The Fairyland of Science by Arabella B. Buckley

£150.00

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Edward Stanford, 1899. 247 pages. Black & white illustrations, engravings in text. Minor rubbing to edges, occasional foxing, a white mark is present on the spine decoration. Very good copy. Scarce example. Beautiful gilt pictorial boards; a duo of angels gaze at the majesty of the sun amongst vines and trees.

'Originally a set of lectures delivered to children in 1878. The author Arabella Buckley was one of the first writers to translate Darwinian evolution into popular terms. She communicated scientific concepts through enchantment and metaphorical language, in an attempt to distance science from the mechanistic and materialistic philosophies it was connected to at the time. Whilst her books were still scientifically accurate and extremely lucid.
Her work can be associated with the tradition of books such as Charles Kingsley's Glaucus or the Wonders of the Shore (1855) which ignited the Victorian craze for the popular pursuit of the natural world, seen in a framework of what has been called 'muscular Christianity'. However, Buckley veered away from this hyper-masculinised narrative of nature and science; tending to avoid technical language, the mechanisms of natural selection, using narrative and metaphor to reach a wide audience.'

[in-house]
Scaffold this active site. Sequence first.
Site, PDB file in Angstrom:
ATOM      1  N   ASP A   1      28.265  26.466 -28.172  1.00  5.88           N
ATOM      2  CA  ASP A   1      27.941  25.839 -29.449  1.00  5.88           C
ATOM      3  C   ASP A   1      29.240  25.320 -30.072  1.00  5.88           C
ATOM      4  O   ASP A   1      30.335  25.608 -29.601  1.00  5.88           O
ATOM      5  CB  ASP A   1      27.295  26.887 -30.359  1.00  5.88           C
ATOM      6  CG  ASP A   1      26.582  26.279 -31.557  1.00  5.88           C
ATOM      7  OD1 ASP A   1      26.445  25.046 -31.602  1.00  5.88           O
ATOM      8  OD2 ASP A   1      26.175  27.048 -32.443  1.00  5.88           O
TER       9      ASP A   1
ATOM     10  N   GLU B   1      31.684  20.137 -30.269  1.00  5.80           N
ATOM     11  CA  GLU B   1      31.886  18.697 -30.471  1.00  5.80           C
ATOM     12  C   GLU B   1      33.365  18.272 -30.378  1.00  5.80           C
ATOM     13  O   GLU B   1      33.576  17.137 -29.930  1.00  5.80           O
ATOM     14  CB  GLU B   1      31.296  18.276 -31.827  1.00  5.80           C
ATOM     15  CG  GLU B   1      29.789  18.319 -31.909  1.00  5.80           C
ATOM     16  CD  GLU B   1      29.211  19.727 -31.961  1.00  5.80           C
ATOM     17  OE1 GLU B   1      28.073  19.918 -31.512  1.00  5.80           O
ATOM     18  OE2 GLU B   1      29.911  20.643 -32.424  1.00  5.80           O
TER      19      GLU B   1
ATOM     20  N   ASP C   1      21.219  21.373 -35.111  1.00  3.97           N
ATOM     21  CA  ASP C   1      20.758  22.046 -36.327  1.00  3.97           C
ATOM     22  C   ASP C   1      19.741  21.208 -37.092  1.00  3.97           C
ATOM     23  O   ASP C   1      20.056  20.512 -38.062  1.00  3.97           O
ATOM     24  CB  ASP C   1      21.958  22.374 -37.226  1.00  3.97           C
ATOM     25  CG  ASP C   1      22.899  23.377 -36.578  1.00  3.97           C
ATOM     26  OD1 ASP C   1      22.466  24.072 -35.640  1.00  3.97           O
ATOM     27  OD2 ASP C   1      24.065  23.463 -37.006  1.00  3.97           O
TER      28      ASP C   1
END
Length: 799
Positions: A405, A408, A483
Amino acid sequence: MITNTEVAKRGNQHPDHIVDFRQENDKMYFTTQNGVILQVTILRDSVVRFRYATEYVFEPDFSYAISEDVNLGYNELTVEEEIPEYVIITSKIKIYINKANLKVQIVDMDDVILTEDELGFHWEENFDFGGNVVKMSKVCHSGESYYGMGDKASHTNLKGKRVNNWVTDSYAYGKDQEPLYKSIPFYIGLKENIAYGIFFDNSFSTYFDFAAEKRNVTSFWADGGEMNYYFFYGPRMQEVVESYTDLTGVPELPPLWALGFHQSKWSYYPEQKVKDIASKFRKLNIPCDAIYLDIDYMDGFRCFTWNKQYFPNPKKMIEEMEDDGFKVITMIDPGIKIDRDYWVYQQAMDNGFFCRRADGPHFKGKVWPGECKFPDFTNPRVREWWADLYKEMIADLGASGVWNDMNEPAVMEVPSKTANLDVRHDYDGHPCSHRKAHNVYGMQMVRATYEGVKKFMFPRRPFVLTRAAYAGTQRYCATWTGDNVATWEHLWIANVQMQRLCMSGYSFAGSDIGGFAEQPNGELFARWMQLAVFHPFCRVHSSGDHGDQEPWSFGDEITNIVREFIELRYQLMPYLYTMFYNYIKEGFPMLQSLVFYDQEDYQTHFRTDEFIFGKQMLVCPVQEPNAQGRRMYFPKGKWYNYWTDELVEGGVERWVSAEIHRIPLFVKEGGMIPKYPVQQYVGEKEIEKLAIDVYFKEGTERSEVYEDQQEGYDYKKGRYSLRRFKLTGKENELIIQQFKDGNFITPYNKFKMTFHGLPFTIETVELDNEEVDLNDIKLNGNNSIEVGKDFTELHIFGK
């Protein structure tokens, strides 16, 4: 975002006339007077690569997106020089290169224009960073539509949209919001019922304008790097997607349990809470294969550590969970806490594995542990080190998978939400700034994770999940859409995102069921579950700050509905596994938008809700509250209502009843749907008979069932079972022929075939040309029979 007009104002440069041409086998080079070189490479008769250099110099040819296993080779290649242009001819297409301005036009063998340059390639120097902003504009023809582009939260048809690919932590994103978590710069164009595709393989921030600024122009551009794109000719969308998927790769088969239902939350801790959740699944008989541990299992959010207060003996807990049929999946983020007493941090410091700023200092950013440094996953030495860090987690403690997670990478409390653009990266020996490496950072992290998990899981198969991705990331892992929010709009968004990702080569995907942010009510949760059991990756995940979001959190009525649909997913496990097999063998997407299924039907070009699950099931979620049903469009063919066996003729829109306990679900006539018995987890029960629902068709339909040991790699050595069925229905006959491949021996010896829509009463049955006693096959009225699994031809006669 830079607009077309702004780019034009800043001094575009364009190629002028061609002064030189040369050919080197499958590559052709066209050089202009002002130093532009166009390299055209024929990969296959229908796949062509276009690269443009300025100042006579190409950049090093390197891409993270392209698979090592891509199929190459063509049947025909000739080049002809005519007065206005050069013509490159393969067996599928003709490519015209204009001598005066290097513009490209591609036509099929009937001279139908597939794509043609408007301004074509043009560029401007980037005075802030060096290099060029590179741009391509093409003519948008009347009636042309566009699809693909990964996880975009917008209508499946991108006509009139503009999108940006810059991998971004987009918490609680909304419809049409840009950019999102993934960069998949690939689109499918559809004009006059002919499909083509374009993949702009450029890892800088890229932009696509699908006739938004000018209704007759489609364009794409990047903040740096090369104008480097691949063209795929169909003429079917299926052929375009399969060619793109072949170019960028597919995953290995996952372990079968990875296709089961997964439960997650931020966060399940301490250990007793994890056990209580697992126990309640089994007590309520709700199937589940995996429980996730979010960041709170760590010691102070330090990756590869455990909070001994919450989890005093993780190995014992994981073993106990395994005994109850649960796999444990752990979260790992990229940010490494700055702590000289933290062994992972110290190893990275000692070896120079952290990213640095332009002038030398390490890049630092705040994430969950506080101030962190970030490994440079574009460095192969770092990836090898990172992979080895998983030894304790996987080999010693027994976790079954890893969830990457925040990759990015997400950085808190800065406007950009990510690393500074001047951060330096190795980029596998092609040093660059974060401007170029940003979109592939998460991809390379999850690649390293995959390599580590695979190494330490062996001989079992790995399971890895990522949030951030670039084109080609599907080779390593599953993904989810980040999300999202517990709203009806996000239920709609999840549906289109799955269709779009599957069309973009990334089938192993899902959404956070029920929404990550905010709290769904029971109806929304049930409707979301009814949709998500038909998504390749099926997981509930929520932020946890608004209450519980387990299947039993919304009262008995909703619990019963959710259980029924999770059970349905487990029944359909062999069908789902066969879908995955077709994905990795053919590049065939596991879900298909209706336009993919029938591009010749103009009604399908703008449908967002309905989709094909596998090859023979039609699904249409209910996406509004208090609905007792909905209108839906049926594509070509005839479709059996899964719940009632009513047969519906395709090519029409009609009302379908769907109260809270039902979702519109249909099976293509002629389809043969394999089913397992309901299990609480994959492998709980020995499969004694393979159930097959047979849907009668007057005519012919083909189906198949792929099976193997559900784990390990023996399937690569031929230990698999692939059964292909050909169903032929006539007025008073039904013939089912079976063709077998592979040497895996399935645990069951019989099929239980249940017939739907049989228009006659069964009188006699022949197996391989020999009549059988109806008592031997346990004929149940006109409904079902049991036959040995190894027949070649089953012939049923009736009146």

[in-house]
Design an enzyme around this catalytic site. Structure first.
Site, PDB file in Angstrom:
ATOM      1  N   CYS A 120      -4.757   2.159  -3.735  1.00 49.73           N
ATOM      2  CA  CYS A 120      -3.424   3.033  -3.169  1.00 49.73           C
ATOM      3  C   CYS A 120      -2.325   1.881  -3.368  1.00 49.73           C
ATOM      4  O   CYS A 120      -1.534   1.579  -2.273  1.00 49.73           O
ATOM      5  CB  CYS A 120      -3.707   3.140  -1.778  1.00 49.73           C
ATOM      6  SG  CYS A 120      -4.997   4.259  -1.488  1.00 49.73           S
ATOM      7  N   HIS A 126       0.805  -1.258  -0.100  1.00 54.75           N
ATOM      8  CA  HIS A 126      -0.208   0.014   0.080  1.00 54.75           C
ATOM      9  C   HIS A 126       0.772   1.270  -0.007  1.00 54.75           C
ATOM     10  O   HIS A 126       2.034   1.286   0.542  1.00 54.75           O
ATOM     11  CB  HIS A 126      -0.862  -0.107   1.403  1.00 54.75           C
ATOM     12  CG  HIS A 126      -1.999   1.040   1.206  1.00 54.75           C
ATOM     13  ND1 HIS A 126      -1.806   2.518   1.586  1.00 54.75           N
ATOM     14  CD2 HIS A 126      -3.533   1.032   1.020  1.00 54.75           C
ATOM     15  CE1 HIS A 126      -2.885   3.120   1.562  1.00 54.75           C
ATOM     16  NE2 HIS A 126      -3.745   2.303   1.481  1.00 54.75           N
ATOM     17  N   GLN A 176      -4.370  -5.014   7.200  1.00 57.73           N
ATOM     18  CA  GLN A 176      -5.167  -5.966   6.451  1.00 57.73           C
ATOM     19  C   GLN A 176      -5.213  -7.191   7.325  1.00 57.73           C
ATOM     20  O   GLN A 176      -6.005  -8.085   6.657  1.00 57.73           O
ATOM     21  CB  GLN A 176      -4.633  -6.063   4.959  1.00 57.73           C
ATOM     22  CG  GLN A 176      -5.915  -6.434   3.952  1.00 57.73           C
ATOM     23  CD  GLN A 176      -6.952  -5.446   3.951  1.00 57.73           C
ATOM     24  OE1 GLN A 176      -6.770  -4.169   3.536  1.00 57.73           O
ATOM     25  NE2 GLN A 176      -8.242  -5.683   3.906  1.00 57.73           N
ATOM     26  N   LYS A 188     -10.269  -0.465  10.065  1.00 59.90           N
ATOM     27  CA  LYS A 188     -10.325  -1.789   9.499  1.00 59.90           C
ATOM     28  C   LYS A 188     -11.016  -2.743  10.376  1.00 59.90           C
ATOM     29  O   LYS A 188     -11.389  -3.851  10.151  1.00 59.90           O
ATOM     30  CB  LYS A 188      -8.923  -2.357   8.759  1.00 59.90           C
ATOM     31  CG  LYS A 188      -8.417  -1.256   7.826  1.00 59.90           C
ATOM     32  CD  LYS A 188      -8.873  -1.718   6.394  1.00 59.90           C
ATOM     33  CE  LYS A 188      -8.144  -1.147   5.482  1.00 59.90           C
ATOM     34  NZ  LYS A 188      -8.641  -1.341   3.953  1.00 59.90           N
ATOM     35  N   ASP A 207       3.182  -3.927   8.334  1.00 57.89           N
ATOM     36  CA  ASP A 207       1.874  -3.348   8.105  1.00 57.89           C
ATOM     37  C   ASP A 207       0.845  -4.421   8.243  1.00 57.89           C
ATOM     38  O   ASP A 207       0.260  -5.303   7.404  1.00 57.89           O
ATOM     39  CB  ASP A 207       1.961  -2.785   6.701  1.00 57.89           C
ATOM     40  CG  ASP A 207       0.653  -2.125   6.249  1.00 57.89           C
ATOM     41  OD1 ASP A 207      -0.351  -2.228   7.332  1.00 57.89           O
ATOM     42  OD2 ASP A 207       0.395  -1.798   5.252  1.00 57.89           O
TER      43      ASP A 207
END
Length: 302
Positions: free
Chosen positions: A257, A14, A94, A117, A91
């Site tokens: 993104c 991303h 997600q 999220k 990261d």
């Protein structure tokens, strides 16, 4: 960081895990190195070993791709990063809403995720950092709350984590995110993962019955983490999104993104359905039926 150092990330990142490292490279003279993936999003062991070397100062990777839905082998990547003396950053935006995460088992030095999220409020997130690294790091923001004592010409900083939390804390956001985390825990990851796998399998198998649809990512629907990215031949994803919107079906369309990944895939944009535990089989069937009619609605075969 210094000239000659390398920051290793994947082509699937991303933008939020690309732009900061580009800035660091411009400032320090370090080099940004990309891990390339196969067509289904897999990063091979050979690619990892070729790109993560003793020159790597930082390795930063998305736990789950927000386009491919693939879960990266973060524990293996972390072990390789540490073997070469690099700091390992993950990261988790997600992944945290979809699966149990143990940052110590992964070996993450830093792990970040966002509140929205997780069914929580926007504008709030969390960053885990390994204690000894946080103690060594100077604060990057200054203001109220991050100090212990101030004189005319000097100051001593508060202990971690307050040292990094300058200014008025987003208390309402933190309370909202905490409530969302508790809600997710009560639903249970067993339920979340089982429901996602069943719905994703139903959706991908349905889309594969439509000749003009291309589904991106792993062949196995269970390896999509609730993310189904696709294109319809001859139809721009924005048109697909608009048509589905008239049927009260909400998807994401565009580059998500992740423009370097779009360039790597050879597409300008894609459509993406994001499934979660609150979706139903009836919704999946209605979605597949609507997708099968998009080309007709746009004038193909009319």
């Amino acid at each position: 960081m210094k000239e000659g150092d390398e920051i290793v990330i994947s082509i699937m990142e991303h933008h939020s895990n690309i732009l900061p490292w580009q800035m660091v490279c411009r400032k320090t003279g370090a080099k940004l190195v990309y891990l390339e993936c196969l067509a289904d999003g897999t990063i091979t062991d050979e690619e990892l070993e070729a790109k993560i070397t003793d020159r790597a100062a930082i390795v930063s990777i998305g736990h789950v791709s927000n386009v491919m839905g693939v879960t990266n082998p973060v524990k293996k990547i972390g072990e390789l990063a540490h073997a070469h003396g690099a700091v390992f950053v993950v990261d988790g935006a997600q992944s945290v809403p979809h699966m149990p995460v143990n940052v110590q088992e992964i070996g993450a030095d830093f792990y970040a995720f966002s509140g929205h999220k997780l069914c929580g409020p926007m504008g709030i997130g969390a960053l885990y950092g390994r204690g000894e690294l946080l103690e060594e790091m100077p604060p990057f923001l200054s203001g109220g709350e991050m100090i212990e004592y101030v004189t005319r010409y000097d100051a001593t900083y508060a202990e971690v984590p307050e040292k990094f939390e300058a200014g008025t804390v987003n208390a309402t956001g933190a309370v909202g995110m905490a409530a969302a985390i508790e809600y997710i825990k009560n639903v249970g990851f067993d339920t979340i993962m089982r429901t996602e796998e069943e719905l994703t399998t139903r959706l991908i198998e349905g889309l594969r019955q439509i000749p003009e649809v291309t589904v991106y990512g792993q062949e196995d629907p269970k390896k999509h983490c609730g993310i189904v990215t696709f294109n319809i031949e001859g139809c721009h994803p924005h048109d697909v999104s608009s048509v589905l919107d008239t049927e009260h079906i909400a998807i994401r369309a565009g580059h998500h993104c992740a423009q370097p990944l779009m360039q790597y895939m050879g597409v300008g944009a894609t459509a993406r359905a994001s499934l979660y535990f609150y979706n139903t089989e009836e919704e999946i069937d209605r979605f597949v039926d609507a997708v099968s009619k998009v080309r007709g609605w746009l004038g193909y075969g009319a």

"I have promised to introduce you today to the fairy-land of science; a somewhat bold promise, seeing that most of you probably look upon science as a bundle of dry facts, while fairy-land is all that is beautiful, and full of poetry and imagination. But I thoroughly believe myself, and hope to prove to you, that science is full of beautiful pictures, of real poetry, and of wonder-working fairies...

The ancient Greeks worshipped the sun, and condemned to death one of their great philosophers,  Anaxagoras, because he denied that it was a god. We can scarcely wonder at this when we see what the sun does for our world; but we know it is a huge globe made of gases and fiery matter, and not a god.
We are grateful of the sun instead of to him, and surely we shall look at him with new interest, now that we can picture his tiny messengers, the sunbeams, flitting over all space, falling upon our earth, giving us light to see with, and beautiful colours to enjoy, warming the air and the earth, making the refreshing rain, and filling our life with gladness and happiness."